Insurance & Technology is part of the Informa Tech Division of Informa PLC

This site is operated by a business or businesses owned by Informa PLC and all copyright resides with them. Informa PLC's registered office is 5 Howick Place, London SW1P 1WG. Registered in England and Wales. Number 8860726.

Policy Administration

09:45 AM
Connect Directly

P&C Insurers’ Net Income Reaches $16.5 Billion in First-Half 2010, ISO, PCI and III Report

P&C insurers’ net income reaches $16.5 billion after taxes in first-half 2010, ISO, PCI and III report.

Private U.S. property/casualty insurers’ net income after taxes rose to $16.5 billion in first-half 2010 from $6 billion in first-half 2009, with insurers’ overall profitability as measured by their annualized rate of return on average policyholders’ surplus increasing to 6.3 percent from 2.6 percent, according to a report from Jersey City, N.J.-based ISO, the Property Casualty Insurers Association of America (PCI, Des Plaines, Ill.) and the Insurance Information Institute (III, New York).

Reflecting insurers’ $16.5 billion in net income and other developments in first-half 2010, policyholders’ surplus — insurers’ net worth measured according to Statutory Accounting Principles — rose $19.1 billion, or 3.7 percent, to $530.5 billion at June 30, 2010, from $511.4 billion at year-end 2009. Insurers’ net investment gains — the sum of net investment income and realized capital gains (or losses) on investments — grew $13.3 billion to $25.8 billion in first-half 2010 from $12.5 billion in first-half 2009, powering the increases in the insurance industry’s net income, overall rate of return, and policyholders’ surplus.

Partially offsetting the improvement in investment results, insurers’ net losses on underwriting grew to $5.1 billion for six-months 2010 from $2.1 billion for six-months 2009. The combined ratio — a key measure of losses and other underwriting expenses per dollar of premium — deteriorated to 101.7 percent for six-months 2010 from 100.8 percent for six-months 2009, according to ISO and PCI.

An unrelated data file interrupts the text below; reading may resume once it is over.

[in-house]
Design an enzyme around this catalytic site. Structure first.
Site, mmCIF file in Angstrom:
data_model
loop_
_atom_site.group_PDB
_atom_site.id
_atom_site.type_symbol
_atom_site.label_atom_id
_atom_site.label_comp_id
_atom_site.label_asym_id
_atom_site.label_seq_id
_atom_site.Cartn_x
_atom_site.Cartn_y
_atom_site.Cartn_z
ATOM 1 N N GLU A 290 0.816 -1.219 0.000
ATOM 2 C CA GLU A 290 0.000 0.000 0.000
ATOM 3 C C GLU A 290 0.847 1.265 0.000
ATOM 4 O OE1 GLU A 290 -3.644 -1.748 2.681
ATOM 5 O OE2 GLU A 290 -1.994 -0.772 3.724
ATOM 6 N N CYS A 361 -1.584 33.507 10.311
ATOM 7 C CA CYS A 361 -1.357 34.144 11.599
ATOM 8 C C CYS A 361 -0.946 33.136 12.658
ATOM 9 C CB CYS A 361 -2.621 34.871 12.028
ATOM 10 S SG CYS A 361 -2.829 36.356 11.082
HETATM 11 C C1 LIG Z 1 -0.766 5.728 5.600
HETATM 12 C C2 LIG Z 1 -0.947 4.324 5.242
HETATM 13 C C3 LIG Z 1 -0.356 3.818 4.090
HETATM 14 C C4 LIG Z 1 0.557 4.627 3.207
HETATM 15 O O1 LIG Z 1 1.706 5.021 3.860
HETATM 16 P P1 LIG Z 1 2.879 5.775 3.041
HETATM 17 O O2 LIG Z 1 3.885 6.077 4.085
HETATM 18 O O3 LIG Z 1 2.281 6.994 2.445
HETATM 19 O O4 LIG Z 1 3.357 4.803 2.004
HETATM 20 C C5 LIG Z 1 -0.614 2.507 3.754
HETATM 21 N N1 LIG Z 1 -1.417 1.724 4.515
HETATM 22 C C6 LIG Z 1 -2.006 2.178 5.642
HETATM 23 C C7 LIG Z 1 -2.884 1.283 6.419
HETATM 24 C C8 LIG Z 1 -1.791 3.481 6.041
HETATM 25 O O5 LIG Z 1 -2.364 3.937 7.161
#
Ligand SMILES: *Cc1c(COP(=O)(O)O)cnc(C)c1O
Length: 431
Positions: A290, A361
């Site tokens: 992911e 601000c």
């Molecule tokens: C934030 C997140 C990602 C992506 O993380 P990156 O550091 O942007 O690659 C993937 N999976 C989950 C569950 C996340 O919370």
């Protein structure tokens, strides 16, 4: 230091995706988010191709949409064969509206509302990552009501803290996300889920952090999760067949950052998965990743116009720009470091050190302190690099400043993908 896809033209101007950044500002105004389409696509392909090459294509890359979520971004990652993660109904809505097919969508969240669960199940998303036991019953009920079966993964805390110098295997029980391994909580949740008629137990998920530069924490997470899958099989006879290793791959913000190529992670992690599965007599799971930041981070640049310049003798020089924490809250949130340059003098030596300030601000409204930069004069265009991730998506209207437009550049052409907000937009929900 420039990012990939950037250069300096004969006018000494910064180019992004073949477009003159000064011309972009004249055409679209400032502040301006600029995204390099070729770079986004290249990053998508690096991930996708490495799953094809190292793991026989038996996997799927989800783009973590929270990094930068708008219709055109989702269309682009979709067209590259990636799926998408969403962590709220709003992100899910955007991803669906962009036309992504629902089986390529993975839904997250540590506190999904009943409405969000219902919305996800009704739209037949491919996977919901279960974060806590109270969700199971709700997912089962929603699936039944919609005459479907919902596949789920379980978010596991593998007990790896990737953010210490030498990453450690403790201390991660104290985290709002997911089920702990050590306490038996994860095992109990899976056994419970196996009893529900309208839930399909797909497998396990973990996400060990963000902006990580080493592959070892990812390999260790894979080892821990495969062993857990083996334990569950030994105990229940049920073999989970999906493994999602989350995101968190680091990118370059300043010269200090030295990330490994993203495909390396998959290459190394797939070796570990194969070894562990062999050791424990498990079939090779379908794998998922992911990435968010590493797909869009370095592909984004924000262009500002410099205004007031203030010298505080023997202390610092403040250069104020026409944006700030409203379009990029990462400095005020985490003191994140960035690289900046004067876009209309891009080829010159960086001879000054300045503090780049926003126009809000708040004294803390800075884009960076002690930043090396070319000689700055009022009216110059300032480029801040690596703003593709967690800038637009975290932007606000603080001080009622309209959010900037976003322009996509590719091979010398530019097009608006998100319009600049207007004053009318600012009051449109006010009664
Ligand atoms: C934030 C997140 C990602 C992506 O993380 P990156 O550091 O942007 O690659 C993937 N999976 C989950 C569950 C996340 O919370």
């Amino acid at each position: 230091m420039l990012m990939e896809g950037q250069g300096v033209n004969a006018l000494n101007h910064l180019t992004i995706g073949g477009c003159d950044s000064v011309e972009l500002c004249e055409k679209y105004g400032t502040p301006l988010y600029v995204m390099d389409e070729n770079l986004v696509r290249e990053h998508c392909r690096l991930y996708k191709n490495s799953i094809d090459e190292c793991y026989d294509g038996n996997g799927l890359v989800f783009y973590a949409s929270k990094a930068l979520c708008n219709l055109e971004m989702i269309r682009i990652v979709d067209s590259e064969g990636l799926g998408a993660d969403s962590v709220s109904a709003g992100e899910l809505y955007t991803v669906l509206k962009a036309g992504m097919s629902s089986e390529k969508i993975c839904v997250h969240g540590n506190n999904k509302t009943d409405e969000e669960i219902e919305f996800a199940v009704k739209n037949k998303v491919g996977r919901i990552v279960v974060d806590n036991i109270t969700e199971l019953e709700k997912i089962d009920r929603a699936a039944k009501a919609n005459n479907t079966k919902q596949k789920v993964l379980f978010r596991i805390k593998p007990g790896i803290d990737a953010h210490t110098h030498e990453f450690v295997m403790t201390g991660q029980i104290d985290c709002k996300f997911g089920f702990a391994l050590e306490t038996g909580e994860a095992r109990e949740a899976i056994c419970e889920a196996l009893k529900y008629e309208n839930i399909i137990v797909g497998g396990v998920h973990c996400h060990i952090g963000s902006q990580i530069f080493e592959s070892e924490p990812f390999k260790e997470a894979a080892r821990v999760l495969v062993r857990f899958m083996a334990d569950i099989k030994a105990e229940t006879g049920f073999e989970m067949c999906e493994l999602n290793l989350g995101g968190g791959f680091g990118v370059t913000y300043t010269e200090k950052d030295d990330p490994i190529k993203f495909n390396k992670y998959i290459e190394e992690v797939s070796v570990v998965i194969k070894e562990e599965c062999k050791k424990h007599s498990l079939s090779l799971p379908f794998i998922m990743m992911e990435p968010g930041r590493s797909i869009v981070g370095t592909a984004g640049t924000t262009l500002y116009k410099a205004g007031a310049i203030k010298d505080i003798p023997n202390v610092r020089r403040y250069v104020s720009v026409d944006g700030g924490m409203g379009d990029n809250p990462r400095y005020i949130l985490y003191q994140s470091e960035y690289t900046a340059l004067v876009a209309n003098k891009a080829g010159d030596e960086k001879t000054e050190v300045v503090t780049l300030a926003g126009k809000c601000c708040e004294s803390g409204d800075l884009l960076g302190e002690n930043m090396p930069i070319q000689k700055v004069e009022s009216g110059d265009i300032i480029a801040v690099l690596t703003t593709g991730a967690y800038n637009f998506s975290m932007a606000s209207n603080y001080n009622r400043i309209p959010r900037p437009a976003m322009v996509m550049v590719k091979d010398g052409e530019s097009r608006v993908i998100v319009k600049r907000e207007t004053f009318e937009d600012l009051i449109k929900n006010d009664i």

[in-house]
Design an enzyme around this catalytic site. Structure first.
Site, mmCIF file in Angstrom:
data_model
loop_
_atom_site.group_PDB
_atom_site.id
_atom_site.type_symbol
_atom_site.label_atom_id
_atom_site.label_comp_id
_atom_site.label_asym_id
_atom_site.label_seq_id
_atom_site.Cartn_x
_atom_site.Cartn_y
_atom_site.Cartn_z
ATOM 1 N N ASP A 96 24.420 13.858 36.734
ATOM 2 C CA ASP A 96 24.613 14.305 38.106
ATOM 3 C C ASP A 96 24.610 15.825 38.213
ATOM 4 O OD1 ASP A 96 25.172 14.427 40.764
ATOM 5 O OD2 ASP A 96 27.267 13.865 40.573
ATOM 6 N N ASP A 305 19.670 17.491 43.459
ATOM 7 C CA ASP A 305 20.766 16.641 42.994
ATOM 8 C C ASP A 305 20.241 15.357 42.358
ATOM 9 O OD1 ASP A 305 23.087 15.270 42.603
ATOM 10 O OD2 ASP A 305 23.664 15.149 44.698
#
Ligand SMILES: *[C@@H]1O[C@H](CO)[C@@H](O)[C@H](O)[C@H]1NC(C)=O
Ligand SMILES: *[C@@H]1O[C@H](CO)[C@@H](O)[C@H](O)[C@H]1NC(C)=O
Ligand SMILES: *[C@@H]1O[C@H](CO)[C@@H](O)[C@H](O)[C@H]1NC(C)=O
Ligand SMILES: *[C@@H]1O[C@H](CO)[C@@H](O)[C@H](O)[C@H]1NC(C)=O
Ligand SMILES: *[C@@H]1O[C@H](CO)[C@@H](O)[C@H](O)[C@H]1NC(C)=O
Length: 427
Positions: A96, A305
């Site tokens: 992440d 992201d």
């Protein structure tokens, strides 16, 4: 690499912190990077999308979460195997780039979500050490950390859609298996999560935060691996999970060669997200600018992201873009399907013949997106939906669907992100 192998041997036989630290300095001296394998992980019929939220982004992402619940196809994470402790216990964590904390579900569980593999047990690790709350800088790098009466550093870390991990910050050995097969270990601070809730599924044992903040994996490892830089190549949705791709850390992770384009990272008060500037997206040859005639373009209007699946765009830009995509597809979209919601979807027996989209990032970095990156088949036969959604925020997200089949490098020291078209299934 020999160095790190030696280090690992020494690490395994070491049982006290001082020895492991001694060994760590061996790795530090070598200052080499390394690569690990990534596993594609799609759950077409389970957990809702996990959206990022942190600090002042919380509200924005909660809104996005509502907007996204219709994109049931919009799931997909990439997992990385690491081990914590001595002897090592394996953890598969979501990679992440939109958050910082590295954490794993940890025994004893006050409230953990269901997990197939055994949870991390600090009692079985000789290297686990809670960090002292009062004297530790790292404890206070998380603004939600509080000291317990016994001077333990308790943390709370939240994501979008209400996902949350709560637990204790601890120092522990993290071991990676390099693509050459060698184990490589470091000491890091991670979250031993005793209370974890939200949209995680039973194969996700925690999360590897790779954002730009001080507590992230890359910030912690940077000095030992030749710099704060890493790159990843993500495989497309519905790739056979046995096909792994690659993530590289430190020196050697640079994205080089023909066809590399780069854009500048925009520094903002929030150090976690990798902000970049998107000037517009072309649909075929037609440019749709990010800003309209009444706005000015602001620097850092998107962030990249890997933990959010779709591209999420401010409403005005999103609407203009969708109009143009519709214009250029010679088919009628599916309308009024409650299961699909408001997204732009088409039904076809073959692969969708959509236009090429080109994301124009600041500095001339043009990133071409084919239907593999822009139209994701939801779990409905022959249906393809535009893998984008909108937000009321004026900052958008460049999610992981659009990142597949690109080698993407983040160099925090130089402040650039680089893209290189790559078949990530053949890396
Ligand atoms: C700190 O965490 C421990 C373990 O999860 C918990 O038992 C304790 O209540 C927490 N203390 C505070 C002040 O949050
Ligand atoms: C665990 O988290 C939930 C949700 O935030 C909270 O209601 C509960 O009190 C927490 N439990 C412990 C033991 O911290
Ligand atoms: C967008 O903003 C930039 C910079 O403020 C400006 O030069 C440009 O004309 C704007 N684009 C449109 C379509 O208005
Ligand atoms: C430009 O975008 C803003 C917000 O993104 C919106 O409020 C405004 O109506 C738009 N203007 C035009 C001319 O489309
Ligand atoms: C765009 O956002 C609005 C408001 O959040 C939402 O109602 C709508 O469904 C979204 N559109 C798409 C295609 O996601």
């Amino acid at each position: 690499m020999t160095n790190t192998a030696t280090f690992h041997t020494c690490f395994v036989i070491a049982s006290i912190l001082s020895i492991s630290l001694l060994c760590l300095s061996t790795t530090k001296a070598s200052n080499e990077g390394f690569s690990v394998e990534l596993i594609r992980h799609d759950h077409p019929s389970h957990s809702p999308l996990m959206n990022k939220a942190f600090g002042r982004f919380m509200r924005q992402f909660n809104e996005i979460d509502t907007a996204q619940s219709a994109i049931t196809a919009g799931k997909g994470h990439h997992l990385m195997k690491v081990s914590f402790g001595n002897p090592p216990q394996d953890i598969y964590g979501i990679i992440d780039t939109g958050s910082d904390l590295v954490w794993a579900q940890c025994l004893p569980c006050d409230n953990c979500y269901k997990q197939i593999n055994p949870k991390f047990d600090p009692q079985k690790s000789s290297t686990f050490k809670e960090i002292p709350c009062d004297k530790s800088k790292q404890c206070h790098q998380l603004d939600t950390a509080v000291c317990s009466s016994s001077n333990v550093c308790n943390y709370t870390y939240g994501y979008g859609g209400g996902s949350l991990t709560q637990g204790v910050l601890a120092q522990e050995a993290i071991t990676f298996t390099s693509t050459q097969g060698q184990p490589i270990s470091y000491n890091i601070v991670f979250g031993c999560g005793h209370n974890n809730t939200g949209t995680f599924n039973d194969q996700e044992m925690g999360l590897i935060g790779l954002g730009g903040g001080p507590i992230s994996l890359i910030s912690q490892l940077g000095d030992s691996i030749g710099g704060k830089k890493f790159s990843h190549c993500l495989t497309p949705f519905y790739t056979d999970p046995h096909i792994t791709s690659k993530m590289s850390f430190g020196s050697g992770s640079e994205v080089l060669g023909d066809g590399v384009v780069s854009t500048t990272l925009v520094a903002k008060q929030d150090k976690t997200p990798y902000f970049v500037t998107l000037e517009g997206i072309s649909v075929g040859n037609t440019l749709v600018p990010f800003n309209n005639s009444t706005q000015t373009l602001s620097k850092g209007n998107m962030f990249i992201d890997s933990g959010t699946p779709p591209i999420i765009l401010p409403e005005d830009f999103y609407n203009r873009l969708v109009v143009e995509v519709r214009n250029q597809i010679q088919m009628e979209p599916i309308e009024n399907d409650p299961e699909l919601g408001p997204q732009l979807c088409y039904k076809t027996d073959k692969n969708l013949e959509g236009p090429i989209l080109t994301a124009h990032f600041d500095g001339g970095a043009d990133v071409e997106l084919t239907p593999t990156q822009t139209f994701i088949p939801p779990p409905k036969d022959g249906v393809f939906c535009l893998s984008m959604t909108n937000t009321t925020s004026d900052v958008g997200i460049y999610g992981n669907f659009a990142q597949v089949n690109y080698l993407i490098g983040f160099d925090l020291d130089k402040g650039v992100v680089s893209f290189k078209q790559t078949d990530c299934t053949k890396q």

The figures are consolidated estimates for all private property/casualty insurers based on reports accounting for at least 96 percent of all business written by private U.S. property/casualty insurers.

“Property/casualty insurers’ positive results for first-half 2010 are yet another testament to the conservative investment strategies and superior risk management that enabled insurers to emerge from the financial crisis and great recession essentially unscathed,” said David Sampson, PCI’s president and CEO, in a press release. “Combining insurers’ $530.5 billion in policyholders’ surplus as of June 30 with their $556.1 billion in loss and loss adjustment expense reserves and their $202.3 billion in unearned premium reserves, insurers had nearly $1.3 trillion on hand to pay claims and meet other contingencies — up from $1.2 trillion at June 30, 2009. This means we can all be confident that insurers have the financial resources to fulfill their obligations to policyholders when catastrophes strike.”

“Insurers’ positive results for first-half 2010 make it easy to overlook the ongoing challenges facing insurers. With the recovery from the great recession remaining agonizingly slow and competition in commercial insurance markets continuing to escalate, top-line premiums remained flat and insurers’ rate of return remained far below benchmarks like the 13.9 percent long-term average rate of return for the Fortune 500,” said Michael R. Murray, ISO’s assistant vice president for financial analysis, in the press release. “Moreover, insurers’ 6.3 percent annualized rate of return for first-half 2010 was also 3.1 percentage points less than the 9.4 percent average annualized first-half rate of return for the insurance industry based on quarterly data extending back to 1986. And because of today’s low investment returns and the same long-term decline in investment leverage that helped insulate insurers from the financial crisis, insurers must now achieve better underwriting results just to be as profitable as they once were. For example, in first-half 1986, insurers achieved a 14.1 percent annualized rate of return with a combined ratio of 108.9 percent. Insurers’ annualized rate of return for first-half 2010 was 7.8 percentage points lower even though the combined ratio was 7.2 percentage points better.”

Katherine Burger is Editorial Director of Bank Systems & Technology and Insurance & Technology, members of UBM TechWeb's InformationWeek Financial Services. She assumed leadership of Bank Systems & Technology in 2003 and of Insurance & Technology in 1991. In addition to ... View Full Bio

Register for Insurance & Technology Newsletters